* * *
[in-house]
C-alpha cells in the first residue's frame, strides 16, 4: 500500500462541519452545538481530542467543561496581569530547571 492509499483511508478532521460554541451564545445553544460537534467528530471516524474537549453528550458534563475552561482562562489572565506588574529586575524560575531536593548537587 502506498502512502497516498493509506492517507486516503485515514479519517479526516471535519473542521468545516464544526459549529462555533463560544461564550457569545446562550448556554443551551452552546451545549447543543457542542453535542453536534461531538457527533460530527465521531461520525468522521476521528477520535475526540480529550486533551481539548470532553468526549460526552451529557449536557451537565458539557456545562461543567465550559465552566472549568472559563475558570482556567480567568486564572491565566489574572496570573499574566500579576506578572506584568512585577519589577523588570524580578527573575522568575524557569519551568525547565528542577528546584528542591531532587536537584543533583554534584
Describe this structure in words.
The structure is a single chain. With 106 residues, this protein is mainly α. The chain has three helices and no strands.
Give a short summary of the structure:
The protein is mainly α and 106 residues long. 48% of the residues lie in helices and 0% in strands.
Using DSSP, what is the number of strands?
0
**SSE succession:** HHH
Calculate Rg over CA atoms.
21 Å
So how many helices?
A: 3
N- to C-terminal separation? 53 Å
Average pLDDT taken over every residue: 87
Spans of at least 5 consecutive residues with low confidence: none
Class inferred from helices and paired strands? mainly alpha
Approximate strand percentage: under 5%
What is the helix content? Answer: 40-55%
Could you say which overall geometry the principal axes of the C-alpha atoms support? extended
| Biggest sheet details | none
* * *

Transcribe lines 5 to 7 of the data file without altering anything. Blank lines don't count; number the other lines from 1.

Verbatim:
Give a short summary of the structure:
The protein is mainly α and 106 residues long. 48% of the residues lie in helices and 0% in strands.
Using DSSP, what is the number of strands?